Now some fresh pickings from the Political Grapevine:
A new opinion poll indicates public support for the Iraq war is at its highest point since the summer of 2006.
The Pew survey done in late February shows 48 percent now believe the war is going well — that's up 18 percentage points from last year. 53 percent think the U.S. effort in Iraq will succeed — up six percentage points. 49 percent say the troops should be brought home — down from 52 percent. Only 14 percent say the troops should be brought home immediately, a course advocated by Barack Obama among others. That's down from 18 last year. 33 percent believe troops should be brought home gradually over a year or two. 47 percent want to keep the troops in Iraq — that is up four percentage points.
The retiring pastor of Barack Obama's church — the Reverend Jeremiah Wright Jr. — said in a sermon five years ago that black people should ask God to curse America — instead of bless it.
ABC News reports the following from a 2003 sermon — "The government gives them the drugs, builds bigger prisons, passes a three-strike law and then wants us to sing 'God Bless America.' No, no, no, God damn America, that's in the Bible for killing innocent people. God damn America for treating our citizens as less than human. God damn America for as long as she acts like she is God and she is supreme."
Senator Obama declined to comment publicly. But a spokesman says the senator had repudiated the comments.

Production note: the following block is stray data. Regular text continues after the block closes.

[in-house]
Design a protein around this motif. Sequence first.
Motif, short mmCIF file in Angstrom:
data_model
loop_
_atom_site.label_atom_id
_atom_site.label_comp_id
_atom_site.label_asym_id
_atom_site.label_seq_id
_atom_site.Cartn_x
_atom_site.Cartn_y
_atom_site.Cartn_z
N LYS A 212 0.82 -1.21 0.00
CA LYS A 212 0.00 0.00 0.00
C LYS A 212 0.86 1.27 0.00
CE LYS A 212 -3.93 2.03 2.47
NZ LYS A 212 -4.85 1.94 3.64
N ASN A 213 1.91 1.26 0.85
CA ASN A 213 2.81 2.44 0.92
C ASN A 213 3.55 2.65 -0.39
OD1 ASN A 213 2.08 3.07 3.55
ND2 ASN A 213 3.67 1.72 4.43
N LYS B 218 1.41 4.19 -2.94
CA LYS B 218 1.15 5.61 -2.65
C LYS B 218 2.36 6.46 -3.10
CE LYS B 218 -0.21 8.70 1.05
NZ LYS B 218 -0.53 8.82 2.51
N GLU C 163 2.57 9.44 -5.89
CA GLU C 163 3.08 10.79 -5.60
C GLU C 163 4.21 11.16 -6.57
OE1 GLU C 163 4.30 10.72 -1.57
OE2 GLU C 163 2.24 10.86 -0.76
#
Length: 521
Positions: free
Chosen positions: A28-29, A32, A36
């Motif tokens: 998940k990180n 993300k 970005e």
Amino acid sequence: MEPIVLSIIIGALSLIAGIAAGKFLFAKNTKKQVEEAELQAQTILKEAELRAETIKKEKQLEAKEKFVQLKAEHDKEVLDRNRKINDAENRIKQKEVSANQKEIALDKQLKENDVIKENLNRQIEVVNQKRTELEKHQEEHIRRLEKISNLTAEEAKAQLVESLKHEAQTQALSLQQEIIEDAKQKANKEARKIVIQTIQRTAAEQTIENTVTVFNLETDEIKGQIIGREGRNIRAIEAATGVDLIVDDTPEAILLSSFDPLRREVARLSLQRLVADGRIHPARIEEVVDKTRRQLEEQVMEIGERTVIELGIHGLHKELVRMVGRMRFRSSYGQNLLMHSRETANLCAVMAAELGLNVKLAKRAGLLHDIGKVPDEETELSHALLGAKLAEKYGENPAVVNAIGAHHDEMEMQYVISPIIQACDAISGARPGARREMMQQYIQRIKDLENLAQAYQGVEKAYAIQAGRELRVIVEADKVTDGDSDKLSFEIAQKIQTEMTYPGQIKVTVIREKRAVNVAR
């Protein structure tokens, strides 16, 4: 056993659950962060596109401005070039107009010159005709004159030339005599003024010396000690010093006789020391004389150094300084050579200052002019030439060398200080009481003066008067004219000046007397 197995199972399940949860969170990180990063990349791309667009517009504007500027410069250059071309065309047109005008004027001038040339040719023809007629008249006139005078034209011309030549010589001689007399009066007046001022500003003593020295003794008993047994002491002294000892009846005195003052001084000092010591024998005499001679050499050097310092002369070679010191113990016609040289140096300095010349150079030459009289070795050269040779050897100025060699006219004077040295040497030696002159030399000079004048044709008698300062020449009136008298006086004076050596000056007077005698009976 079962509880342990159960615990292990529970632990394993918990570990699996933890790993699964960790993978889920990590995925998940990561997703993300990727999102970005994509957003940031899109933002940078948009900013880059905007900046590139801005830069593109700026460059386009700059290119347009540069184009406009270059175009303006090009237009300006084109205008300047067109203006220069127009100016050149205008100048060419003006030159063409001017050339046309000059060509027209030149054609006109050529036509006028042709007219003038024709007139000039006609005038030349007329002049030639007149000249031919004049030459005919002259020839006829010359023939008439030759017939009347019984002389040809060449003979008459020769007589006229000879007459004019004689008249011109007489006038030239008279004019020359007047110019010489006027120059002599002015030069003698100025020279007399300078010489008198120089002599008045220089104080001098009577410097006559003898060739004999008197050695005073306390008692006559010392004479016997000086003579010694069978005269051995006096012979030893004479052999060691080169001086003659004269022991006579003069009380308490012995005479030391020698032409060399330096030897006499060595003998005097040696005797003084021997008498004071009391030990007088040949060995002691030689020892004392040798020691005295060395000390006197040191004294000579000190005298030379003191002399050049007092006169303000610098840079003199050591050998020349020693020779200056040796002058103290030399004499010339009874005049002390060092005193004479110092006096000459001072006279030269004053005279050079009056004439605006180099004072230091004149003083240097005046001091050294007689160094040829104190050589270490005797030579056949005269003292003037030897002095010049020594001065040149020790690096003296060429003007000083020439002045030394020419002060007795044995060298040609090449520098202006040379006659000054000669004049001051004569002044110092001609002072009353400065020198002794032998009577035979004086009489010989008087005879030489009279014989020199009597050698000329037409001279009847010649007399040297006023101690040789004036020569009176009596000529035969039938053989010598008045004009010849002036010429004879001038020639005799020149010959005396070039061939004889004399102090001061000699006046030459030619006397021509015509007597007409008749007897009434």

Tennis Hall of Famer Martina Navratilova — who defected to the U.S. from Czechoslovakia as a teenager and became a U.S. citizen — has regained her Czech citizenship — saying she was ashamed of President Bush. Navratilova told a Czech newspaper last year that she was as ashamed of the U.S. under President Bush as she once was about communist Czechoslovakia — "the thing is that we elected Bush. That is worse! Against that, nobody chose a communist government in Czechoslovakia."
Navratilova says that although she has regained her Czech citizenship, she has decided to maintain dual citizenship with the U.S.
War and Peace
Hillary Clinton's campaign is firing back at charges from the Obama camp that she has vastly overstated her role in the Northern Ireland peace process.
Lord David Trimble told The Daily Telegraph that then-first lady Clinton had no significant role. The Obama campaign has accused Mrs. Clinton of what it called "a gross overstatement of the facts."
But the Clinton campaign points to an Irish Times newspaper report that several other key players do give Mrs. Clinton some credit. Former Social Democratic and Labor Party leader John Hume and Sinn Fein President Gerry Adams both say Mrs. Clinton played a positive role. Former U.S. Senate Majority Leader George Mitchell — who chaired the peace talks — says Mrs. Clinton was "helpful and supportive." But none gives any specifics other than talking to leaders and opinion makers on both sides.
And the story says that — "the Obama campaign is correct in stating that she played no direct role in the negotiations leading up to the Belfast Agreement in 1998."
— FOX News Channel's Martin Hill contributed to this report.